- Hold a Debriefing Meeting: At a minimum, the charrette steering committee should hold a debriefing meeting to discuss "next steps" after the event and feedback from the evaluation forms. A schedule for further feedback and updates could be discussed.
- Prepare a Report on the Results: An immediate, short (1-2 page) executive summary with photos is an excellent tool to "spread the word" about the charrette - both the process as well as the top priority issues and goals set during the charrette. In addition, a longer charrette report (25-35 pages) could describe the action items, team members, visions, etc. of the charrette. Both reports are extremely useful for longer term use.
- Follow up with Participants: Provide participants with the follow up reports, especially the executive summary, and thank them for their participation. Let participants know how they can stay involved.
- Encourage the Participants to Stay Involved: Some of the participants will, no doubt, be champions of specific goals and should be involved at a minimum until the goals are met. It would be beneficial to have the steering committee discuss ways to encourage connection and long-term interaction with the charrette participants (in-person meetings, website, newsletter, etc.).
- Analyze and Summarize the Evaluations: Feedback is critical for ongoing improvement. Review the evaluation forms given at the charrette and analyze the feedback. Follow-up calls or e-mails may be useful as well.
- Evaluate the Value of Follow-on Events: Certain project issues, strategies, partnerships, or ideas may have been generated during the charrette that may warrant follow-on events (such as "mini-charrettes" for green materials, energy modeling and daylighting strategies, and/or water reduction considerations). Find high priority issues and determine the value of follow-on efforts.
Charrette work groups use a graphic by The Grove Consultants International to visually capture short, mid, and long term action items, success factors, visions, etc. An example of the resultant graphic is shown below.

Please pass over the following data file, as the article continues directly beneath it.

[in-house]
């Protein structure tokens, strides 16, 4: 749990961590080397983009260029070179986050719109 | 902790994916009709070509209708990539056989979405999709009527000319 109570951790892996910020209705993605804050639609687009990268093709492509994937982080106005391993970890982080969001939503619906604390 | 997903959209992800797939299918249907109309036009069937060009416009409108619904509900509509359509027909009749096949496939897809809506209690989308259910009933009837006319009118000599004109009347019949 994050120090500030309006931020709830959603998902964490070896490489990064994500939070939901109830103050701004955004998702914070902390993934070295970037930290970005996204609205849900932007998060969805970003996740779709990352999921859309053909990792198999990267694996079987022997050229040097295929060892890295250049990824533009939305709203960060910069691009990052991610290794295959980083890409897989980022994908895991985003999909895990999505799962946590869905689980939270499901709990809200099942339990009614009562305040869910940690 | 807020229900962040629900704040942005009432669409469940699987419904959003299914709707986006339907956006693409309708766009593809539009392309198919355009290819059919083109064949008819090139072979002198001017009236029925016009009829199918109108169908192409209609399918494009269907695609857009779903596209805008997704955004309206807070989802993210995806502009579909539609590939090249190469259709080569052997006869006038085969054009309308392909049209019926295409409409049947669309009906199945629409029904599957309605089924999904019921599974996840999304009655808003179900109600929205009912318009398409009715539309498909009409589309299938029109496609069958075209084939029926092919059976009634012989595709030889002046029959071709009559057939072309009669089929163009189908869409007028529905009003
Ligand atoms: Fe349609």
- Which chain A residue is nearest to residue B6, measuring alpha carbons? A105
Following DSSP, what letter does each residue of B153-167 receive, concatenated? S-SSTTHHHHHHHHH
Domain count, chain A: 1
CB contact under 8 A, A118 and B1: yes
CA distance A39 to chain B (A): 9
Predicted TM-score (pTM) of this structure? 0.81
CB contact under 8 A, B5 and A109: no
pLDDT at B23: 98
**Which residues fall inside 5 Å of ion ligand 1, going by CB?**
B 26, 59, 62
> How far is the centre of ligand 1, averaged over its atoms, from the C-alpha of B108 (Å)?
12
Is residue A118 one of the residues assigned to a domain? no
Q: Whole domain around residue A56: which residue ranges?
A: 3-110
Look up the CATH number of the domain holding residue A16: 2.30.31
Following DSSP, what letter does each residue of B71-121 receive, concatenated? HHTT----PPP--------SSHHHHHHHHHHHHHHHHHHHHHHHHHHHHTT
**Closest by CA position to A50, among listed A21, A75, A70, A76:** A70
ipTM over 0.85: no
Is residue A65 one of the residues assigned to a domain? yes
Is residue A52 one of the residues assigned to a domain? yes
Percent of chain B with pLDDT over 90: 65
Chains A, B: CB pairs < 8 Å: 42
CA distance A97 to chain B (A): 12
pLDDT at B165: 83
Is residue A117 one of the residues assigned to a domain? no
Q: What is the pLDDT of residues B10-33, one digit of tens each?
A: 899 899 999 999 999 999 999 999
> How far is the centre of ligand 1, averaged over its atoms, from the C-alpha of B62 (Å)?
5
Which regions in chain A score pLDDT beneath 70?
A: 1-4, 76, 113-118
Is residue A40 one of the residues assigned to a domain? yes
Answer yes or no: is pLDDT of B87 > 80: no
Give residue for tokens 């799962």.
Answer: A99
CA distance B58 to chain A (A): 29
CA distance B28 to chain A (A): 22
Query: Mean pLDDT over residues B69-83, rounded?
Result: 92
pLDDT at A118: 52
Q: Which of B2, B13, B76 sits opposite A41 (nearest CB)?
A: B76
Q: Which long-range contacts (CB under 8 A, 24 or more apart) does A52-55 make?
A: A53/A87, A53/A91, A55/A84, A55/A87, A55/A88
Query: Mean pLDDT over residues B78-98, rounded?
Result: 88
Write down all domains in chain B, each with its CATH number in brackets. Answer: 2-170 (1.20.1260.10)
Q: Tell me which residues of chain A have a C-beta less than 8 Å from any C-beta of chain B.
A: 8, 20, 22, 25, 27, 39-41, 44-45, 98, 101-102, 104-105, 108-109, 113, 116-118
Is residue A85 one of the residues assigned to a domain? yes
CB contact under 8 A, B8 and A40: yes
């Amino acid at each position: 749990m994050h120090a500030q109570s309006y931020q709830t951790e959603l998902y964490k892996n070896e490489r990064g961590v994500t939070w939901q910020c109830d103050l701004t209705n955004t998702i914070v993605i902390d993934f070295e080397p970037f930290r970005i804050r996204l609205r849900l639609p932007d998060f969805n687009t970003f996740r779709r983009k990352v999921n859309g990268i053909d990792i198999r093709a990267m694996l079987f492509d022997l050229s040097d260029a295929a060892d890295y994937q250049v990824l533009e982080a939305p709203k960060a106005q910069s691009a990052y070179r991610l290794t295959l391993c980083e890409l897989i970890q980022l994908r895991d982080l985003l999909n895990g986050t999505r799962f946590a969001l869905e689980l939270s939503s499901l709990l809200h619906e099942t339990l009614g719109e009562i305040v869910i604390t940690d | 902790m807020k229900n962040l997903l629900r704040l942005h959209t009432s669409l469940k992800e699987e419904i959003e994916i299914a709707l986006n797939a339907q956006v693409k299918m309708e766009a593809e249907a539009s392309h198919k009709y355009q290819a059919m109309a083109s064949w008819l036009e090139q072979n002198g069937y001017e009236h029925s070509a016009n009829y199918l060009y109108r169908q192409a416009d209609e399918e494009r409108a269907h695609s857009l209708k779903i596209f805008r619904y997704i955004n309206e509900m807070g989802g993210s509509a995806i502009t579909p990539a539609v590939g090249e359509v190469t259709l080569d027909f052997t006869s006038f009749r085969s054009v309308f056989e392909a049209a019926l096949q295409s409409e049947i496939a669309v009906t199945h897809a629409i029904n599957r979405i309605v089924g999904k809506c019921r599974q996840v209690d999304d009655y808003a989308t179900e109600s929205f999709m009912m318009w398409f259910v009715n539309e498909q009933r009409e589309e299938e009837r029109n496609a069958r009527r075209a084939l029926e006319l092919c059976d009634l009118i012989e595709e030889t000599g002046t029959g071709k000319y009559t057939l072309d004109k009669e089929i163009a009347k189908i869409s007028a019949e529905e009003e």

(Photos by ENSAR Group, Inc.)
The most effective approach to planning for and understanding potential outcomes of a charrette is to view reports from other diverse charrettes. The following charrette reports are available at DOE's Charrette Guide for High Performance Projects website
- Boston National Historic Park Greening Charrette
- UNC - Asheville Greening Charrette
- Greenprints Charrette, Southface Energy Institute
- NCSU High Performance Charrette College of Design
- Simon Fraser UniverCity Charrettes
Three other charrette reports are available here:
- Eastern Carolina University New Dormitory Building (PDF 901 KB, 24 pgs)
- Naval Support Activity Mid-South Base (PDF 841 KB, 52 pgs)
- Southface Energy Institute New Office Building (PDF 2.56 MB, 36 pgs)
There are several interesting emerging trends in ID Charrettes:
- First, sponsors are expanding the scope in terms of topics addressed and stakeholders/ participants. These charrettes might explore in greater depth topics such as the history and social fabric of the surrounding community and the hydrogeology and natural history of the area, with local community representatives participating.
- Second, others are using charrettes to address issues beyond buildings. For example, the National Park Service, the U.S. military services, and many university campuses are holding charrettes to develop plans for entire parks, base installations, or university campus operations relating to sustainability.
- Finally, many project teams are recognizing that charrettes should be part of an ongoing process, not one-time events.
Building / Space Types
- A Handbook for Planning and Conducting Charrettes for High-Performance Projects (PDF 2.5 MB) by Gail Lindsey, Joel Ann Todd, and Sheila J. Hayter, National Renewable Energy Laboratory.
- GSA, Facilities Standards for the Public Buildings Service P100, 2005.
- Integration at Its Finest: Success in High-Performance Building Design and Project Delivery in the Federal Sector by Renée Cheng, AIA, Professor, School of Architecture, University of Minnesota. Sponsored by the Office of Federal High-Performance Green Buildings, U.S. General Services Administration, 2014. (PDF 14.6 MB)
- Sample charrette final reports:
- Federal Bureau of Prisons (PDF 1.58 MB)
- Institute of American Indian Art Sustainable Futures Initiative (PDF 449 KB)
- National Park Service:
- Bandelier National Monument (PDF 932 KB)
- Big Cypress National Preserve (PDF 567 KB)
- Boston National Historic Park (PDF 513 KB)
- C&O Canal National Historic Park (PDF 1.12 MB)
- Canaveral National Seashore (PDF 1.0 MB)
- Grand Canyon National Park (PDF 971 KB)
- Homestead National Monument of America (PDF 765 KB)
- Point Reyes National Seashore (PDF 801 KB)
- San Francisco Maritime National Historical Park (PDF 1.04 MB)
- Pine Jog Environmental Education Center
- UNC - Asheville New Science Building (PDF 1.59 MB)
- Department of Energy, High-Performance Buildings Case Studies